The 220d diesel doesn't feel as punchy as it does in other BMW cars but, even when the car is fully laden, it produces enough torque low down that neither BMW’s eight-speed automatic gearbox nor you operating the gearlever has to change down too many gears.
With less weight to shift and slightly more power at its top end, the 220i petrol feels more sprightly. However, with less torque to call on, the auto ’box is more eager to change down in search of higher revs. The petrol is easily the more refined, though, staying quieter when worked hard and sending less vibration back through the controls.
The 218i, meanwhile, feels very refined for a three-cylinder engine and pulls the considerable weight of the 2 Series Gran Tourer very well. It's quiet, but punchy when needed. Likewise, the three-cylinder 216d diesel is refined and smooth, but can feel a little overstretched when faced with extended inclines. For the extra power and stability that it brings, the 220d in xDrive form is about as good as it gets, although it is the most expensive option in the range.
Otherwise, road noise is largely kept outside – although on smaller 17in alloy wheels, it is noticeable at speed – and the eight-speed automatic gearbox is slick between changes. The only disturbance is some wind noise at speed around the mirrors.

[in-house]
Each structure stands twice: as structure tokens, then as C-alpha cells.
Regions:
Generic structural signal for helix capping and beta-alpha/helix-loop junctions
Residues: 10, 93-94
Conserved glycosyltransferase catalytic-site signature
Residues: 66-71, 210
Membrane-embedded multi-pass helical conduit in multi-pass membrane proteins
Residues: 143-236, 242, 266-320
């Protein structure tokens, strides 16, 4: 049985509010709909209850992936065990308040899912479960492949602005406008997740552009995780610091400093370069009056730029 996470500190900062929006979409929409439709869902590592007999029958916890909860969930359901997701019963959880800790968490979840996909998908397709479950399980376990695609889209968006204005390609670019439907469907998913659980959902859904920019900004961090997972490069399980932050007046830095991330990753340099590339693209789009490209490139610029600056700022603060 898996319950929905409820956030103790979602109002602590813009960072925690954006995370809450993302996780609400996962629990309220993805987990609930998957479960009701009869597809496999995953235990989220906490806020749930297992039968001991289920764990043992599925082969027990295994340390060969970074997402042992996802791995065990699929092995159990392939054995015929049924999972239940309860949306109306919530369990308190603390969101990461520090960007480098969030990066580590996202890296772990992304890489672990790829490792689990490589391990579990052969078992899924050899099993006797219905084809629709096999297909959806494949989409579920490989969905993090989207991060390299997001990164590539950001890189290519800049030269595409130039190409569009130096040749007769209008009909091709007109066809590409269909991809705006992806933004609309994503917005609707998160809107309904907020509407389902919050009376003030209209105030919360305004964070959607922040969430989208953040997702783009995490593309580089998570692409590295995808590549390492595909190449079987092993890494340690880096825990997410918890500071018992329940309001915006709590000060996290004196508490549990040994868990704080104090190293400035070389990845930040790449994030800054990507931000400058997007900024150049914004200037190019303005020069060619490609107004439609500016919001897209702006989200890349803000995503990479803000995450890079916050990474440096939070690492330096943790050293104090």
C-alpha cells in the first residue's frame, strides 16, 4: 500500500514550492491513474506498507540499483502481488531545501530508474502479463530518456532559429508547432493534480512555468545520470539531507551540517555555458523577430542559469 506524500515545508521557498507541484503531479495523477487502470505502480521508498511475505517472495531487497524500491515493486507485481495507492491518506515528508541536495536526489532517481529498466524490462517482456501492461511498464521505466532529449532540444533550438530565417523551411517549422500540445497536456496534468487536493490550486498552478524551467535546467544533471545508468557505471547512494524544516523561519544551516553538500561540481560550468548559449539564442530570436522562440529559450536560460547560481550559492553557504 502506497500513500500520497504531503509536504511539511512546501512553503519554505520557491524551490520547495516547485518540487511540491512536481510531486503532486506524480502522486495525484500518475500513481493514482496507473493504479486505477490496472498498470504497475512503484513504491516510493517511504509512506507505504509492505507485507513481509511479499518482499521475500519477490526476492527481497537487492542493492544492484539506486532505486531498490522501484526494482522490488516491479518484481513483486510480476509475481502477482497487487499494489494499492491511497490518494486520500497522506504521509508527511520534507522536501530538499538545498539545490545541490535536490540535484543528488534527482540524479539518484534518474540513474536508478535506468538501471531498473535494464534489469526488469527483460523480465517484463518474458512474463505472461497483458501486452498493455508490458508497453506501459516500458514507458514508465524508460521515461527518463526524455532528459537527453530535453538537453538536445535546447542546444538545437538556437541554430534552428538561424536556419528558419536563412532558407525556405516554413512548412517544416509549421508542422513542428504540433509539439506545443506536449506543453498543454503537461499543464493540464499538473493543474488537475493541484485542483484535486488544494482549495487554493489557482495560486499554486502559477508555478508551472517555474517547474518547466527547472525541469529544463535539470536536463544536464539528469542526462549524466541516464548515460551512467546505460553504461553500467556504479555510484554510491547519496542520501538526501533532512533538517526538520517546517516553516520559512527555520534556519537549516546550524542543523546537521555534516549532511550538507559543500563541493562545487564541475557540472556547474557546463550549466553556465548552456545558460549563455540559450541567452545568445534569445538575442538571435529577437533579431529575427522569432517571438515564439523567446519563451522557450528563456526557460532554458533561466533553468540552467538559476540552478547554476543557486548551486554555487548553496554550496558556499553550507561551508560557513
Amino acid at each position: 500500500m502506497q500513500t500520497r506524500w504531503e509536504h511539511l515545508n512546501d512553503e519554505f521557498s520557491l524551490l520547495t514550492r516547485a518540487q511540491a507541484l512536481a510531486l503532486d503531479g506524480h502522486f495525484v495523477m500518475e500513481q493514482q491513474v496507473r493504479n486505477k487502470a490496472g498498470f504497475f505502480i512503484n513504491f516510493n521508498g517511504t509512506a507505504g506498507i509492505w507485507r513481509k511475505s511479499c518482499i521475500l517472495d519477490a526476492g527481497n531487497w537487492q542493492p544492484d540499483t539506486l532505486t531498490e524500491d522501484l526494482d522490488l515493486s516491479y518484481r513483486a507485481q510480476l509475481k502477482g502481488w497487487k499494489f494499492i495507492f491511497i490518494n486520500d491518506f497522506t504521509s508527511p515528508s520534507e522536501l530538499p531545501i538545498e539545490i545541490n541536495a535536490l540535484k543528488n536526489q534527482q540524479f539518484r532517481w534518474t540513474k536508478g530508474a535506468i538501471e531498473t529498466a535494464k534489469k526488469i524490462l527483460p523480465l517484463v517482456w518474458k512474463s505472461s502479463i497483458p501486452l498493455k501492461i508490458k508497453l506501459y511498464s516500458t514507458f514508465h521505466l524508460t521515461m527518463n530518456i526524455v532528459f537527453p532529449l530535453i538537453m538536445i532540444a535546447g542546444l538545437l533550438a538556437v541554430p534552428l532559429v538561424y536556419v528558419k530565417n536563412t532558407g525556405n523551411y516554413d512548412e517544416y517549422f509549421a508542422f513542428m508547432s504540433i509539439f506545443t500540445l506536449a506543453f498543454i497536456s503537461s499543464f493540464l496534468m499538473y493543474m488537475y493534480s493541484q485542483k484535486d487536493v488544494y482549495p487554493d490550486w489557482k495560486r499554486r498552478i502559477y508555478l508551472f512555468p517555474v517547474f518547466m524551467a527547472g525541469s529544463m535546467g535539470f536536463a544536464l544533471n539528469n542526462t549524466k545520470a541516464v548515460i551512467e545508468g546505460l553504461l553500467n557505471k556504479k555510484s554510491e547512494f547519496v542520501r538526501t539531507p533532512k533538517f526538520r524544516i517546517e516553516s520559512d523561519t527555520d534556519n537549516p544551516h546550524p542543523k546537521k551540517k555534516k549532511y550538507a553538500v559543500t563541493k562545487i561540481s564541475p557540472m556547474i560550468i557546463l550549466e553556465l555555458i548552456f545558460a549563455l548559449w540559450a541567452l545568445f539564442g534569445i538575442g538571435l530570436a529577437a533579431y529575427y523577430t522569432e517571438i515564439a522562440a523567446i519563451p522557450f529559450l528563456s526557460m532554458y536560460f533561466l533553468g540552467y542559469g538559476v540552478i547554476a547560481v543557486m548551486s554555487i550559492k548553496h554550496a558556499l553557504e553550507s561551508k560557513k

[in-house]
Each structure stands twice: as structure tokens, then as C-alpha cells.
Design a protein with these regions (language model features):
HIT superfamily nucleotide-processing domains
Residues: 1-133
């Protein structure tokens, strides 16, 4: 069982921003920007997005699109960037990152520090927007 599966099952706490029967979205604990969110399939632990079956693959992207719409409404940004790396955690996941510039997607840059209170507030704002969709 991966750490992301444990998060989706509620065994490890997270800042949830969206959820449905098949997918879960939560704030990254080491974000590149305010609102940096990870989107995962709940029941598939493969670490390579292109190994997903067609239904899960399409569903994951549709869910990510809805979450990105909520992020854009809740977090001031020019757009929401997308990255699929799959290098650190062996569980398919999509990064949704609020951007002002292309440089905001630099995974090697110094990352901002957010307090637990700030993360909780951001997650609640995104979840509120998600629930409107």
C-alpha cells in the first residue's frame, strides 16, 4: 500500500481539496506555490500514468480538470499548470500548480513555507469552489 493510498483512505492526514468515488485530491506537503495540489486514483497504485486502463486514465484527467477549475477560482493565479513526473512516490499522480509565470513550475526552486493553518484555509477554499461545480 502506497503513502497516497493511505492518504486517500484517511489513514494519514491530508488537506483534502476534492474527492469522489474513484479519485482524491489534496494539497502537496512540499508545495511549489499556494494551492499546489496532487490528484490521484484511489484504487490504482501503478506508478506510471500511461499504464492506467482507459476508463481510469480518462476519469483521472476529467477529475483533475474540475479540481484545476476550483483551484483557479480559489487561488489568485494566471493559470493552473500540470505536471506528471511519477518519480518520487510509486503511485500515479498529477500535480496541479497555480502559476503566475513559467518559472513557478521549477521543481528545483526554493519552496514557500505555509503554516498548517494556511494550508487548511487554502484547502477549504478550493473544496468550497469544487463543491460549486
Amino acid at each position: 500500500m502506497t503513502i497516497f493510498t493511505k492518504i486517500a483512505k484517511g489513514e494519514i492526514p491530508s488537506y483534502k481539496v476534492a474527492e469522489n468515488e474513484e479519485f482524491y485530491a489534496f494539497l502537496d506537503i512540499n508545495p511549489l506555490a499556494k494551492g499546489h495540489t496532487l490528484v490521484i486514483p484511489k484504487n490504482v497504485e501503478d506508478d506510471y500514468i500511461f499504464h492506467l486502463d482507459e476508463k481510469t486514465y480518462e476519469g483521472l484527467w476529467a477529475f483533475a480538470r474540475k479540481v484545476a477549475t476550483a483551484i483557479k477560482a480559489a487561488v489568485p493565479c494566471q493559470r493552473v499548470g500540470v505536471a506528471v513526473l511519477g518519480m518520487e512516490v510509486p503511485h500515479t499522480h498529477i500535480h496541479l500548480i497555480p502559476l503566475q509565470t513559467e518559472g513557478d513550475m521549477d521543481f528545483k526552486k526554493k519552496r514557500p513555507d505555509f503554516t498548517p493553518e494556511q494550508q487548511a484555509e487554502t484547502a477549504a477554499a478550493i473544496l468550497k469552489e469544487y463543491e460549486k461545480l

We’ve tried the Gran Tourer's standard suspension set-up as well as the optional adaptive dampers, with both versions riding on 18in alloy wheels. The standard suspension keeps the body in better check in tight turns, but the trade-off is a sharp ride over broken roads.
Stiffening the adaptive dampers in Sport mode brings similar results, but there's more body lean in bends than with the standard suspension. Slackening the dampers to Comfort mode improves initial bump absorption but allows the body to move about more through bends, as well as over undulating roads and camber changes.
Ultimately, the Gran Tourer's steering feels just as precise as the Active Tourer’s – light to the touch but weighting up quickly in the corners – and its front end just as agile, but you're always aware that the body following it is taller and heavier. At sensible speeds along winding roads, it's better than most seven-seaters, but it starts to feel out of its depth sooner than the five-seat model.
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